We study the compatibility of large quasar groups with the concordance cosmological model. Large Quasar Groups are very large spatial associations of quasars in the cosmic web, with sizes of 50-250h^-1 Mpc. In particular, the largest large quasar group known, named Huge-LQG, has a longest axis of ~860h^-1 Mpc, larger than the scale of homogeneity (~260 Mpc), which has been noted as a possible violation of the cosmological principle. Using mock catalogues constructed from the Horizon Run 2 cosmological simulation, we found that large quasar groups size, quasar member number and mean overdensity distributions in the mocks agree with observations. The Huge-LQG is found to be a rare group with a probability of 0.3 per cent of finding a group as large or larger than the observed, but an extreme value analysis shows that it is an expected maximum in the sample volume with a probability of 19 per cent of observing a largest quasar group as large or larger than Huge-LQG. The Huge-LQG is expected to be the largest structure in a volume at least 5.3 +- 1 times larger than the one currently studied

http://arxiv.org/abs/1603.03260
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Sinister Dexter wrote:
whac3 wrote:
Moreover I think that mini-big bangs are happening simultaneously at every point in the universe all the time.


I'm intrigued by this comment. Could you expand on this idea a bit more?

At every point in the universe, a quantum pressure exists which tends to expand so that the energy state of that point becomes lowered. This produces field/particles out of the vacuum. That's the same essential process as big bang.
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jmilum wrote:
ironcates wrote:
Well here's the paper.

Here's a much more recent follow up paper by one of the same authors that now says there is no problem:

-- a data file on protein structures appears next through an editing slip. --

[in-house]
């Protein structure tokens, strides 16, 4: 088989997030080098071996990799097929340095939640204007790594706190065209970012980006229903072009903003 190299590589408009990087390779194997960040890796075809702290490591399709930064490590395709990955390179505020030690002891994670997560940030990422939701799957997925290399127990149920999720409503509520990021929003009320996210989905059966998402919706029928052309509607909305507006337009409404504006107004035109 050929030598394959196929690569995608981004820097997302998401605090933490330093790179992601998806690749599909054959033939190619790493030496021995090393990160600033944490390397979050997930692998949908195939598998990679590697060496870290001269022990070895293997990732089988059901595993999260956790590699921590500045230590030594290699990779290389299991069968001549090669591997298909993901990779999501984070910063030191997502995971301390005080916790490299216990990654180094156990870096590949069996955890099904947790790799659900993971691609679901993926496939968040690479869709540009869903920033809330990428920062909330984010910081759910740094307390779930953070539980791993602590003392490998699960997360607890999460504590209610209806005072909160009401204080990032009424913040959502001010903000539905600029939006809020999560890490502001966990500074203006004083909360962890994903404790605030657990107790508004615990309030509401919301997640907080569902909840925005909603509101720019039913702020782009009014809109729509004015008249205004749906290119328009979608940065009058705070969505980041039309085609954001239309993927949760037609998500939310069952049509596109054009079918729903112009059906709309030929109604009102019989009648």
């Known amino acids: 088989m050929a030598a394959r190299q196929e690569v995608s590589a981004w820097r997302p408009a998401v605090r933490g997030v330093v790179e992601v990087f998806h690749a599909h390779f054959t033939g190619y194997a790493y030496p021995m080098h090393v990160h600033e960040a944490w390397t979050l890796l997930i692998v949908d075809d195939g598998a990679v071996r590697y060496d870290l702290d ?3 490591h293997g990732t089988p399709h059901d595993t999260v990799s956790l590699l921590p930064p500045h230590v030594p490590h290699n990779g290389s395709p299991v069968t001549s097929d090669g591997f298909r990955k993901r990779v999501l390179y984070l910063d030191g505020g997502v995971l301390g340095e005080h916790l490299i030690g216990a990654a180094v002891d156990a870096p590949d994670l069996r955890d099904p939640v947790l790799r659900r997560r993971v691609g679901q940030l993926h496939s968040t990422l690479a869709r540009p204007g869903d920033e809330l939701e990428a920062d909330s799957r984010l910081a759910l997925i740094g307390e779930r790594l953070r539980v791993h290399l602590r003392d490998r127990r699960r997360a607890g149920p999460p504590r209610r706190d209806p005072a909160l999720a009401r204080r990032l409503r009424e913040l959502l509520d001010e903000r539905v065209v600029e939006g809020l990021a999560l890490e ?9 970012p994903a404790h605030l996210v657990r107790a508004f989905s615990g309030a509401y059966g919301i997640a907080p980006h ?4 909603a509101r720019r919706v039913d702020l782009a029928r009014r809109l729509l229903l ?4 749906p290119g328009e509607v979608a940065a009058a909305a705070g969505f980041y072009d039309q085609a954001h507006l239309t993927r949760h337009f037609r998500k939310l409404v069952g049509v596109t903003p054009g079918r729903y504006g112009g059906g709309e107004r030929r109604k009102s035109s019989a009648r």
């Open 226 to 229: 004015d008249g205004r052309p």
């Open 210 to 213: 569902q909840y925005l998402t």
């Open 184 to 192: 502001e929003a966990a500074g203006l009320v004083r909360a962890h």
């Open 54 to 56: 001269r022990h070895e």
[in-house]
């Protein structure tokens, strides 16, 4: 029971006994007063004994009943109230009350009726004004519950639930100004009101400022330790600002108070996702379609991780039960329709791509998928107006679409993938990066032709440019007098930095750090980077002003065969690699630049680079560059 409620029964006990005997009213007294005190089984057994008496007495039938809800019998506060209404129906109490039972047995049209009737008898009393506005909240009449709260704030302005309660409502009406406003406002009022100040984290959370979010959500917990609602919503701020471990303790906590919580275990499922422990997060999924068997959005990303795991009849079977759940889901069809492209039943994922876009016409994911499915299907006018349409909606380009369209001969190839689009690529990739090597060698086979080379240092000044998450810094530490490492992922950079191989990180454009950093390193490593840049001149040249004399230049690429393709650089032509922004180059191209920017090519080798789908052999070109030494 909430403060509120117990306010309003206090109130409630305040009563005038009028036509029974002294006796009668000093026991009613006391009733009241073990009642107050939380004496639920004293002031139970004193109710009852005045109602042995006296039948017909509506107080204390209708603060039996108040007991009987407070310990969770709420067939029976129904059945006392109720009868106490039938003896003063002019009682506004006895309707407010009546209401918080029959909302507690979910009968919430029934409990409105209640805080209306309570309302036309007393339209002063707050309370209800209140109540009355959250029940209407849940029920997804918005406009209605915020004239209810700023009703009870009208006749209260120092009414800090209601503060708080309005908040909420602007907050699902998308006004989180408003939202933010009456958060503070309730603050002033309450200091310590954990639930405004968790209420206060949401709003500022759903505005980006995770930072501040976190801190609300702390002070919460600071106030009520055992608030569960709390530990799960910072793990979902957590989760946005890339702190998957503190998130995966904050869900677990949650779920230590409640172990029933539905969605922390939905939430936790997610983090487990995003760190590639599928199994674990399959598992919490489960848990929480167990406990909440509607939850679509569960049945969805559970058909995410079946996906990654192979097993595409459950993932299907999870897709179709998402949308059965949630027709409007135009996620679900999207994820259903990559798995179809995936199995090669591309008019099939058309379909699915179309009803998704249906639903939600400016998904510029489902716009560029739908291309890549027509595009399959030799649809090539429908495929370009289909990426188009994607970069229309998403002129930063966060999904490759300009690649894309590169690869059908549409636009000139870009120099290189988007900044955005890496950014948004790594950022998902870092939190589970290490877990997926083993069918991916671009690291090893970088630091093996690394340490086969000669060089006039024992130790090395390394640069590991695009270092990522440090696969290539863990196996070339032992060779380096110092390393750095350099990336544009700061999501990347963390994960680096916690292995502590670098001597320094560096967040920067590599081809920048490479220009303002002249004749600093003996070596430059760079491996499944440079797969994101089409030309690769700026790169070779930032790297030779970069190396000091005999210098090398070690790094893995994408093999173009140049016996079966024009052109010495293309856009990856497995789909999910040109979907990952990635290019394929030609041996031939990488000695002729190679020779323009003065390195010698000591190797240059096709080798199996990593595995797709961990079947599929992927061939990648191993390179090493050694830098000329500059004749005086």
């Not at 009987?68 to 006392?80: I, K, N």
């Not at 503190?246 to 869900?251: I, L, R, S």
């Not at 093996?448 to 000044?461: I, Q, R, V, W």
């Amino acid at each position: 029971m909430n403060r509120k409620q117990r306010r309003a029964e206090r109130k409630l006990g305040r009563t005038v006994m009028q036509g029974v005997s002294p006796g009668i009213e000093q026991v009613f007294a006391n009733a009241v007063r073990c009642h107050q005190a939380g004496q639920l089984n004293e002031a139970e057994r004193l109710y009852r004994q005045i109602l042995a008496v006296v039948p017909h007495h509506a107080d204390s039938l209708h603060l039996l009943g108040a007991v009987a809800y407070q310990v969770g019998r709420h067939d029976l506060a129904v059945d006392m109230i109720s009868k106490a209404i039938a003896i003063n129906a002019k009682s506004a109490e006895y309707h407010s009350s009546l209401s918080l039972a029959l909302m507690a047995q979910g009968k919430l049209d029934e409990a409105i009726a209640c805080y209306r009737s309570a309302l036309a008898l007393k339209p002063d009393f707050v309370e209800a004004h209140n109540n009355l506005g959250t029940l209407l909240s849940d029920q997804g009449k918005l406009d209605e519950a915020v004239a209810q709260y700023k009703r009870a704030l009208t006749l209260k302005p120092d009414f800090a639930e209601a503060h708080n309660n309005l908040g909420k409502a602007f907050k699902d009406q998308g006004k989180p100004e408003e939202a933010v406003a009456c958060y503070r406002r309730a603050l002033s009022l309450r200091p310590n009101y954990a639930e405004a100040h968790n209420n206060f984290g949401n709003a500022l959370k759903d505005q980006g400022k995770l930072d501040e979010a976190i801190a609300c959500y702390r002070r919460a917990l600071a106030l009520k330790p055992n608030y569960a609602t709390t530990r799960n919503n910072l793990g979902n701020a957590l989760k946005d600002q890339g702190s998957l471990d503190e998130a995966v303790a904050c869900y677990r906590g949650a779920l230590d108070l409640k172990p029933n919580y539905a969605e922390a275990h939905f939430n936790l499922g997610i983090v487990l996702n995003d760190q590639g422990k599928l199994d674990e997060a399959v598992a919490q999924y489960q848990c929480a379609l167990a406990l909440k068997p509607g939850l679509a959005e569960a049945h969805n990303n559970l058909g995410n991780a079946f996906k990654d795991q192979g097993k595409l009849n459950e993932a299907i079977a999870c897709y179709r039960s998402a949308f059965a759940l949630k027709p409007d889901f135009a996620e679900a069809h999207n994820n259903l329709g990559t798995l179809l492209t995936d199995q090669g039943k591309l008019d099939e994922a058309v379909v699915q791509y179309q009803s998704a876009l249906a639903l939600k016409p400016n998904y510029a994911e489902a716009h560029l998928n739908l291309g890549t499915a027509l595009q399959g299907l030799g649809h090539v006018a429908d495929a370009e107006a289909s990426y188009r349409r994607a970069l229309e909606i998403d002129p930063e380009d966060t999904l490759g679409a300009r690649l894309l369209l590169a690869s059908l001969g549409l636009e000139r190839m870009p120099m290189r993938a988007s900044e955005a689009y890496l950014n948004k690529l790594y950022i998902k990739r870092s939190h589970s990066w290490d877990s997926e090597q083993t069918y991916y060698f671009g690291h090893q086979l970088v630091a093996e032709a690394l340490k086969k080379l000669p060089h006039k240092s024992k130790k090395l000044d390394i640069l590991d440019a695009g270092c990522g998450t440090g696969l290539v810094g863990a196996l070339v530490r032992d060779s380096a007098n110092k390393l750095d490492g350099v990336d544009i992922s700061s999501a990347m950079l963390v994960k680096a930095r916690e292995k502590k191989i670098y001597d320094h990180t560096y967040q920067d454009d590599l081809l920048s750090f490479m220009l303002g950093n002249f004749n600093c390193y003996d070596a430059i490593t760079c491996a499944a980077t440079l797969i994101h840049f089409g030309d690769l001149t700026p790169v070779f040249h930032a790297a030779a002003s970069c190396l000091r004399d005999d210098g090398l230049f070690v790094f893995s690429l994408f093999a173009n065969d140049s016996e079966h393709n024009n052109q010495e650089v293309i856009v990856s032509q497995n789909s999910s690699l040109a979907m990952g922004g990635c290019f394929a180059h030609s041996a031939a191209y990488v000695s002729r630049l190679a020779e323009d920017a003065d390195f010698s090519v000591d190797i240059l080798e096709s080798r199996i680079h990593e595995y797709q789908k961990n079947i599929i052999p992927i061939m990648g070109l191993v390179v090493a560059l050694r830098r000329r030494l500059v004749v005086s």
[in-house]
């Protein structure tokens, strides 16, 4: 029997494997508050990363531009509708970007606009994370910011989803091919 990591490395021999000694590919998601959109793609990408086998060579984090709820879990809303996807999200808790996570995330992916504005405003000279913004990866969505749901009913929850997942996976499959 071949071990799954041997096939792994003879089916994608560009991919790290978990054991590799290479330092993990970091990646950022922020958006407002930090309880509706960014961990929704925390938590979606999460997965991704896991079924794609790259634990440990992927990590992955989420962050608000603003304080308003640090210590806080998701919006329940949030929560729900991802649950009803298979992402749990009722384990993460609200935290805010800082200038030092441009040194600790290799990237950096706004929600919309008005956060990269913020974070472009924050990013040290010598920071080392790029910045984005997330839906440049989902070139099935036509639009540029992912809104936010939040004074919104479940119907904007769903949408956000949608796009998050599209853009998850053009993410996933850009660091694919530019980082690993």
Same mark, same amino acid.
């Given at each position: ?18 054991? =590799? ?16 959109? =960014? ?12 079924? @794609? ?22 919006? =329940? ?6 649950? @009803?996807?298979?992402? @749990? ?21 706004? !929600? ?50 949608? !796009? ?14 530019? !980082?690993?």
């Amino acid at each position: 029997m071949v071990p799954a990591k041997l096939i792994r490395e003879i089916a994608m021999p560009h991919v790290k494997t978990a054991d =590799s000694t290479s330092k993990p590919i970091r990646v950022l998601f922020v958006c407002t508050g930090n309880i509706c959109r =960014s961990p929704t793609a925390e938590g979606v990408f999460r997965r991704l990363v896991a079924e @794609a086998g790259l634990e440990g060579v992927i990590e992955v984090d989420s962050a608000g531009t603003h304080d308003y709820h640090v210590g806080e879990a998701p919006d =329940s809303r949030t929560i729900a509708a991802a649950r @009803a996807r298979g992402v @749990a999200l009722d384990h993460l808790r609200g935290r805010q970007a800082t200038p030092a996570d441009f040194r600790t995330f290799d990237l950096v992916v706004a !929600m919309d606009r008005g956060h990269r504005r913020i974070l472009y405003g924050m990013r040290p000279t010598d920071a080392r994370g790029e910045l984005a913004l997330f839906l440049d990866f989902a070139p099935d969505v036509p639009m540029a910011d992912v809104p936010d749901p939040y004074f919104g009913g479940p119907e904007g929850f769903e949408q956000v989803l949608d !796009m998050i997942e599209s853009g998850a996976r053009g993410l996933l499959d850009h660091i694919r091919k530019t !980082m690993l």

Quote:
Compatibility of the Large Quasar Groups with the Concordance Cosmological Model

Gabriel E. Marinello, Roger G. Clowes, Luis E. Campusano, Gerard M. Williger, Ilona K. Söchting, Matthew J. Graham
(Submitted on 10 Mar 2016 (v1), last revised 22 Jun 2016 (this version, v2))
We study the compatibility of large quasar groups with the concordance cosmological model. Large Quasar Groups are very large spatial associations of quasars in the cosmic web, with sizes of 50-250h^-1 Mpc. In particular, the largest large quasar group known, named Huge-LQG, has a longest axis of ~860h^-1 Mpc, larger than the scale of homogeneity (~260 Mpc), which has been noted as a possible violation of the cosmological principle. Using mock catalogues constructed from the Horizon Run 2 cosmological simulation, we found that large quasar groups size, quasar member number and mean overdensity distributions in the mocks agree with observations. The Huge-LQG is found to be a rare group with a probability of 0.3 per cent of finding a group as large or larger than the observed, but an extreme value analysis shows that it is an expected maximum in the sample volume with a probability of 19 per cent of observing a largest quasar group as large or larger than Huge-LQG. The Huge-LQG is expected to be the largest structure in a volume at least 5.3 +- 1 times larger than the one currently studied

http://arxiv.org/abs/1603.03260
Cool. Thanks for posting it.
 
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whac3 wrote:
Sinister Dexter wrote:
whac3 wrote:
Moreover I think that mini-big bangs are happening simultaneously at every point in the universe all the time.


I'm intrigued by this comment. Could you expand on this idea a bit more?

At every point in the universe, a quantum pressure exists which tends to expand so that the energy state of that point becomes lowered. This produces field/particles out of the vacuum. That's the same essential process as big bang.

Would the difference be that our Big Bang experienced a period of inflation and mini-bangs do not?
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jmilum wrote:
whac3 wrote:
Sinister Dexter wrote:
whac3 wrote:
Moreover I think that mini-big bangs are happening simultaneously at every point in the universe all the time.


I'm intrigued by this comment. Could you expand on this idea a bit more?

At every point in the universe, a quantum pressure exists which tends to expand so that the energy state of that point becomes lowered. This produces field/particles out of the vacuum. That's the same essential process as big bang.

Would the difference be that our Big Bang experienced a period of inflation and mini-bangs do not?

I think they do. I think that's what cosmic acceleration is.